The casualty roster doesn't show what mounts they were assigned too. However, they would have been held solely to the first three forward turrets as they suffered specifically in the damage suffered at Salerno. Also, the vast majority of those three turrets were manned by S1c and S2c personnel... they comprise the bulk of the killed.

Sigsaye,

So, if there are no Turret Captains, it would be the senior most GM1c that would assume the roll and do the job of a Turret Captain in the absence of a Turret Captain?

Guys, I want you all to know I REALLY appreciate the help in this matter because, I have been doing U.S. Army WWII living history interpretation for near eighteen years. I now work at the Ships of The Sea Museum and I'm in the infancy stages of learning everything dealing with life and duties aboard combat vessels in WWII(specifically light cruisers)and putting together a U.S.S. Savannah, CL-42 kit for 1939 - 1945 aboard ship as a Gunners Mate 1st Class. Trying to find anything everything dealing with the Mk. 16. 6" In. / .47 Cal. Triple Gun Turrets is as hard as trying to find hens teeth.

Thanks again guys!

Regards,
FRISCAN


 

"The Galloping Ghost of the North African Coast"

TC1c James F. Dunigan, III
Gunnery Division 4, U.S.S. Savannah, CL-42

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The casualties are what would be expected. Gun crews, even today, are made up of Non designated Seamen (S1/c, S2/c) Yes, if there is no rated Turret Captain, then a GM1/c would be most likely in that position, who ever had the most experience in that type od turret. Now that I understand what you are doing, I would most strongly suggest that you search the navy archives for the Rate Training Manuals (RTMs) for GM, from Third Class to Chief. These will lay out for you EXACTLY what the duties and responsibilities of a GM were (go back to the late 1930s). Also, the RTM for Turret Captain First and Chief. And, I'd also look at the Seaman RTM, and what ever they had for "Basic Military Requirements" and "Naval Orientation". these will give you the background knowledge you need for the impression. To interpret A Sailor of a specific time, you need to understand the life and culture of the navy at the time.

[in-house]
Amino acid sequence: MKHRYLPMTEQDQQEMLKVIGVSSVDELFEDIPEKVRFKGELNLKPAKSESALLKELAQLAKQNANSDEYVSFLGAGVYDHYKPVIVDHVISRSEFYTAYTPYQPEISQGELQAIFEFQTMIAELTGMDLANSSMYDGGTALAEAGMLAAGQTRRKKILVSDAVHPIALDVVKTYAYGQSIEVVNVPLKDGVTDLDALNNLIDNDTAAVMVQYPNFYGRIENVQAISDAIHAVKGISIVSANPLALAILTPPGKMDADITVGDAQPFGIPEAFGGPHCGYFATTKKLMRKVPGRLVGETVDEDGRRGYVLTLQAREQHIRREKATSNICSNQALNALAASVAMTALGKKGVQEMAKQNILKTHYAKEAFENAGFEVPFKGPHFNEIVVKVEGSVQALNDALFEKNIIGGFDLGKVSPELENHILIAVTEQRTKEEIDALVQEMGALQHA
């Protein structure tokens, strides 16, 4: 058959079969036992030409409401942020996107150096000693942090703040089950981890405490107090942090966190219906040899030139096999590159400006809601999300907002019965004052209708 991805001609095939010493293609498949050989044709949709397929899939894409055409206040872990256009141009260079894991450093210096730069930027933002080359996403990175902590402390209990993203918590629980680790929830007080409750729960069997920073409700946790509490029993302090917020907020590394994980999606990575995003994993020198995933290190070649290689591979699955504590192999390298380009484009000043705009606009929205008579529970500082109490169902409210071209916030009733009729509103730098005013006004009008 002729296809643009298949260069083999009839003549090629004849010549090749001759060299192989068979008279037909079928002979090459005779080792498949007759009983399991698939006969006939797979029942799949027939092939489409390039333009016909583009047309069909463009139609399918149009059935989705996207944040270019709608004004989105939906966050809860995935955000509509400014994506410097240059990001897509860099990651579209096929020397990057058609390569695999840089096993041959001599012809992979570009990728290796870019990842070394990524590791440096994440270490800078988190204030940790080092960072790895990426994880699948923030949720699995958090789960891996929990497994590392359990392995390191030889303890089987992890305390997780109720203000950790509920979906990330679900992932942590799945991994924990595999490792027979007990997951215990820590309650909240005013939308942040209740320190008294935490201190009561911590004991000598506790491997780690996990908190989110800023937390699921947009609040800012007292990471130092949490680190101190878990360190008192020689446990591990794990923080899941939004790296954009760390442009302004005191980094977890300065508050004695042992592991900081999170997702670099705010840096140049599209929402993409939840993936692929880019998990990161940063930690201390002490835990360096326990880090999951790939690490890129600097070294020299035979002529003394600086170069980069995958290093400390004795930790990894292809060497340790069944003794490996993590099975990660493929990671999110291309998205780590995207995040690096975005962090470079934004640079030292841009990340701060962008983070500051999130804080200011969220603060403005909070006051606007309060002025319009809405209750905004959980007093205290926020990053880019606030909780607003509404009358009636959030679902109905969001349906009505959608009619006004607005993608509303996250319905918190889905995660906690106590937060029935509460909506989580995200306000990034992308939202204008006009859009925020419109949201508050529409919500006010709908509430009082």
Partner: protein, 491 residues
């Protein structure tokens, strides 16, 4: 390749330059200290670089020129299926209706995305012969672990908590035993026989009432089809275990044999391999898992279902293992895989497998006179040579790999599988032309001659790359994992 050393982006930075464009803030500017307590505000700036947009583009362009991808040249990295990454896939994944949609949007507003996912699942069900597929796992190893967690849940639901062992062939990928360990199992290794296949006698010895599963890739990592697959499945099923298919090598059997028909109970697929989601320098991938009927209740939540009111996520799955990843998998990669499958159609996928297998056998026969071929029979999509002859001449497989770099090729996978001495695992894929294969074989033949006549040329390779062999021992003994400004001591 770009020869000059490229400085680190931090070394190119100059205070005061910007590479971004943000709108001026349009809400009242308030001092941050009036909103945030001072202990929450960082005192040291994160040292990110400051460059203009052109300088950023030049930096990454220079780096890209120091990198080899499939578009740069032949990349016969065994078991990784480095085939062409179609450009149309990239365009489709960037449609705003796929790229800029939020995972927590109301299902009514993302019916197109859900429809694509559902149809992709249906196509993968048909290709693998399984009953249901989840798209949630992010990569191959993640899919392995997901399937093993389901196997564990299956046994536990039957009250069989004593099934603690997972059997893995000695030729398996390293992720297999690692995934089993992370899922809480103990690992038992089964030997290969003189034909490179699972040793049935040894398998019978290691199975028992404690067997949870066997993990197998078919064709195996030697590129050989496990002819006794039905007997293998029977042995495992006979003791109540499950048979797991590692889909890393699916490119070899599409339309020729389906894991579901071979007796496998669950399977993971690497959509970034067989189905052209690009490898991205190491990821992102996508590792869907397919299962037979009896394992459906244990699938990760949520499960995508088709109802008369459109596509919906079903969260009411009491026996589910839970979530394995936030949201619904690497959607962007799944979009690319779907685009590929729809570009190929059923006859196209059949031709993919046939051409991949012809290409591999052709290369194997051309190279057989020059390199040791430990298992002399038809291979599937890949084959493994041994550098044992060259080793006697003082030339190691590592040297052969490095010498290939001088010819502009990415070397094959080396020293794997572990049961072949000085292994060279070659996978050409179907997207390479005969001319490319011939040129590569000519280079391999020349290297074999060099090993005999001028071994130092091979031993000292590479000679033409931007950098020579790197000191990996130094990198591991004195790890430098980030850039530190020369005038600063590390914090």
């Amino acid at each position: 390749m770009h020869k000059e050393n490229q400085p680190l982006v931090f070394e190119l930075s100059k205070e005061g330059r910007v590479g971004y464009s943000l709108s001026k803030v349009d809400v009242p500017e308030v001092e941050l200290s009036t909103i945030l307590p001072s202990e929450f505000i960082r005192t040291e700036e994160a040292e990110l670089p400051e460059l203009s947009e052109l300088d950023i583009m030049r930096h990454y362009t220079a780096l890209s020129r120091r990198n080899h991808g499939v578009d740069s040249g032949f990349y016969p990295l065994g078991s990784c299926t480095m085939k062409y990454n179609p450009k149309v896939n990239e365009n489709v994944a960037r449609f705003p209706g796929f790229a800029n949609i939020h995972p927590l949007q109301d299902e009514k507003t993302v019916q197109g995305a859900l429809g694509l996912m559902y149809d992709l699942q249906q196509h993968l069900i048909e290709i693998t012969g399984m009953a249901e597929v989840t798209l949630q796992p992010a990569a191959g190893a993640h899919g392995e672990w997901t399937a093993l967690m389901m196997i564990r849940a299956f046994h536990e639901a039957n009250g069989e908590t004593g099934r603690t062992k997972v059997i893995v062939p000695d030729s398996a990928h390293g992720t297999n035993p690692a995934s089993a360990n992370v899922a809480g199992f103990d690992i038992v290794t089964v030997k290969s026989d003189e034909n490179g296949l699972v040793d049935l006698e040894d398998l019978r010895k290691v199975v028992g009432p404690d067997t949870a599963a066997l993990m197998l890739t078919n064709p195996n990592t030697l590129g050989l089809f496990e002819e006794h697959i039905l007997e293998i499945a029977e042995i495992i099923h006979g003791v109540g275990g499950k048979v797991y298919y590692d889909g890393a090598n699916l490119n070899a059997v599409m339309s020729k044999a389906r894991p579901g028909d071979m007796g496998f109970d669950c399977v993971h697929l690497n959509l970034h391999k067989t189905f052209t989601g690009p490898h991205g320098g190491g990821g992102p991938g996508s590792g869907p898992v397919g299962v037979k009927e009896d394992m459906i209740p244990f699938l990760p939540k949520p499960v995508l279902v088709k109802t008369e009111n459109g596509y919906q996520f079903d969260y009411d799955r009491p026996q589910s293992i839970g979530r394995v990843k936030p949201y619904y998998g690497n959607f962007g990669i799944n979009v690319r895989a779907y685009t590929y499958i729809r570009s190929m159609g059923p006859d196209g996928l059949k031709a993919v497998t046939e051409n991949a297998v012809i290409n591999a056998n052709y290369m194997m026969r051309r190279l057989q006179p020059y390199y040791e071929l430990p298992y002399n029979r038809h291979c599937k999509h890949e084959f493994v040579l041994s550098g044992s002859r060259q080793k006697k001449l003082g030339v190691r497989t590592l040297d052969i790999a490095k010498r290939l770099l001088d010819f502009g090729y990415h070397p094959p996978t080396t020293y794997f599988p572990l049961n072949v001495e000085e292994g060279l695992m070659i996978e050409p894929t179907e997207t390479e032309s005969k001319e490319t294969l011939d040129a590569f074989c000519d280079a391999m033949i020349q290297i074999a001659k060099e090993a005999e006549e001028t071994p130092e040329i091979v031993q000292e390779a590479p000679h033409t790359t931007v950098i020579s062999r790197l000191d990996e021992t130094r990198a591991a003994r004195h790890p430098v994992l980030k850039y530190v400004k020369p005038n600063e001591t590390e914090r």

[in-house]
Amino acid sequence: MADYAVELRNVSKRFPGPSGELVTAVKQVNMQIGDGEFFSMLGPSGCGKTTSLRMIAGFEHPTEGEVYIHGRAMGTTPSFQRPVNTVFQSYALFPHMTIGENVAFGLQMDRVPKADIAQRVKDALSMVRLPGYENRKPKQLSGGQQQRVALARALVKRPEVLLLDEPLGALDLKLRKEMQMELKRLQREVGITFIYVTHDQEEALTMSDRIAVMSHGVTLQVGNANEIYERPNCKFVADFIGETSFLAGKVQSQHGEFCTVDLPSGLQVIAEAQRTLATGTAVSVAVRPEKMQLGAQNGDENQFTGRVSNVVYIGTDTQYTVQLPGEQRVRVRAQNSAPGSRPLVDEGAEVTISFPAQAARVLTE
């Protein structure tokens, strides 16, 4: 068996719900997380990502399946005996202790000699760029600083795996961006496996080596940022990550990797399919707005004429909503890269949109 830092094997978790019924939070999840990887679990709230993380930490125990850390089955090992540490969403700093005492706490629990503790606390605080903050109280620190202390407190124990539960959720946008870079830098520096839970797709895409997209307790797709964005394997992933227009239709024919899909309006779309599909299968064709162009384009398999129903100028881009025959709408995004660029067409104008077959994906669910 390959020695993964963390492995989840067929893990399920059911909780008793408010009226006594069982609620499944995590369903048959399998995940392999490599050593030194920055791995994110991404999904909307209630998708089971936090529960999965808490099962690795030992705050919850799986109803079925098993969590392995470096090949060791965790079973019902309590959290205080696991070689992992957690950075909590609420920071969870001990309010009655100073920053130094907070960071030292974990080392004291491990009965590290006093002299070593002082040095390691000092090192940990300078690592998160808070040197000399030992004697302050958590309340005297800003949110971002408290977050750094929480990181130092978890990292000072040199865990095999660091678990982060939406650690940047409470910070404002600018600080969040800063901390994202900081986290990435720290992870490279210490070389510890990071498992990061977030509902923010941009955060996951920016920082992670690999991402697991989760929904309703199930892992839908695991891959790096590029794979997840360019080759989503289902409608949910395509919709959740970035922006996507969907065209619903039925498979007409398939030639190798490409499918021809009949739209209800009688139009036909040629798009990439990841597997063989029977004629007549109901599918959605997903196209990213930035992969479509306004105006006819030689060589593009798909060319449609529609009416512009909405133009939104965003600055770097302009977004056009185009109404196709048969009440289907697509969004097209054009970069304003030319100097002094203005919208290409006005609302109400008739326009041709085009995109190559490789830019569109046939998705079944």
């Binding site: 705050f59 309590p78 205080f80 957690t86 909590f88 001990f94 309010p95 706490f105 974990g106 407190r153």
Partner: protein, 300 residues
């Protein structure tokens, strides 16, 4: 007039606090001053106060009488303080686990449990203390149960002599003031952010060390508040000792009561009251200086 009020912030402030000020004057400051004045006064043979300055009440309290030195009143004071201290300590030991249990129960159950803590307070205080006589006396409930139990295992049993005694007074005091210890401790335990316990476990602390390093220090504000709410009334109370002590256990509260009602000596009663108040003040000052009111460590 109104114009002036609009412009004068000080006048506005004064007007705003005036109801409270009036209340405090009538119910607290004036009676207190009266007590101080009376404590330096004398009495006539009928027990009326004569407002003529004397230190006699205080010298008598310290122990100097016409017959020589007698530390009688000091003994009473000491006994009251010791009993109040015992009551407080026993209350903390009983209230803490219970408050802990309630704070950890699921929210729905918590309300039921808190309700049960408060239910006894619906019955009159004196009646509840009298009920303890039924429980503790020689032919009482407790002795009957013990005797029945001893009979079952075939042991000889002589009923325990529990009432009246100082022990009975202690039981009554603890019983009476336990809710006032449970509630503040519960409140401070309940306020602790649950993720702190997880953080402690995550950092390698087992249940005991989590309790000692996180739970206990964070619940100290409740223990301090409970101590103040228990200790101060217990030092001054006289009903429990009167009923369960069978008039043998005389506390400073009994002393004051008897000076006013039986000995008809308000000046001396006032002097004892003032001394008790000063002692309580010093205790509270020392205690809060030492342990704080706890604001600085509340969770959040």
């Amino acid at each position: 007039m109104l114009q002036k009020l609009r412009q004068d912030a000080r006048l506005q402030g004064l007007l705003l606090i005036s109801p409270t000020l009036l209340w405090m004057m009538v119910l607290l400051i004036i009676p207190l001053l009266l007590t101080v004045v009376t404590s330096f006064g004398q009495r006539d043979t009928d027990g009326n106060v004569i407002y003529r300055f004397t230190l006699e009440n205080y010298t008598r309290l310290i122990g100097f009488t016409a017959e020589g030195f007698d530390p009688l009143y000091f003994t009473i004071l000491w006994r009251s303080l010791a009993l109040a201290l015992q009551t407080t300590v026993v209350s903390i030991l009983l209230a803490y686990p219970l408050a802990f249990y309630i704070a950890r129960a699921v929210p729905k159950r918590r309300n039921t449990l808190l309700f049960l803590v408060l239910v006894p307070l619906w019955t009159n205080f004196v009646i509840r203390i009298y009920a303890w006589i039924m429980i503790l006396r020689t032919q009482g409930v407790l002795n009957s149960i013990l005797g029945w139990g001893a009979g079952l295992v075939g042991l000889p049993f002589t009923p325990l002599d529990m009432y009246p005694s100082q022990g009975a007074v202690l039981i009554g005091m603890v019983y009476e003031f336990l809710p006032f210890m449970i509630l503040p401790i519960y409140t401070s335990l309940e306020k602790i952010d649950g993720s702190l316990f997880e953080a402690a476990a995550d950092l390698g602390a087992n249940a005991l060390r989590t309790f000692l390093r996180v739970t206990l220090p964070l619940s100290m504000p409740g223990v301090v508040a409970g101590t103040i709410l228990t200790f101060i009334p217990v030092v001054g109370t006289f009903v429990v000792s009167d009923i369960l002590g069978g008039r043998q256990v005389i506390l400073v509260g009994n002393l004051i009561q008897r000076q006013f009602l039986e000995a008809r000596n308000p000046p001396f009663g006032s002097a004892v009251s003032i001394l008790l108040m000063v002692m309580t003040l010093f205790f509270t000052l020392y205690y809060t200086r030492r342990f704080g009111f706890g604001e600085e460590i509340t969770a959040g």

Now, I have never looked at the Manning Document for this class of ship, do you know that Turret Captains were even assigned to light cruisers? I thought they were only 8 Inch and larger. I could be wrong.

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Thanks a TON Sig!

As to the Turret Captains... I'm really do not know whether they were assigned to her. What rosters I have (which are incomplete) bear out so far that there were no Turret Captains aboard.

Would you happen to know where I may be able to easily locate the RTM's for the GM's and Seaman?

Regards,
FRISCAN


 

"The Galloping Ghost of the North African Coast"

TC1c James F. Dunigan, III
Gunnery Division 4, U.S.S. Savannah, CL-42

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I have the manual for the 5" In., /.38 Cal. Gun, Single Mount lol. :D I couldn't pass it up for $30 + $5 Sh. Its '43 dated.

I'll take a look around on line for them.

Thanks.

Regards,
FRISCAN


 

"The Galloping Ghost of the North African Coast"

TC1c James F. Dunigan, III
Gunnery Division 4, U.S.S. Savannah, CL-42

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  • 4 weeks later...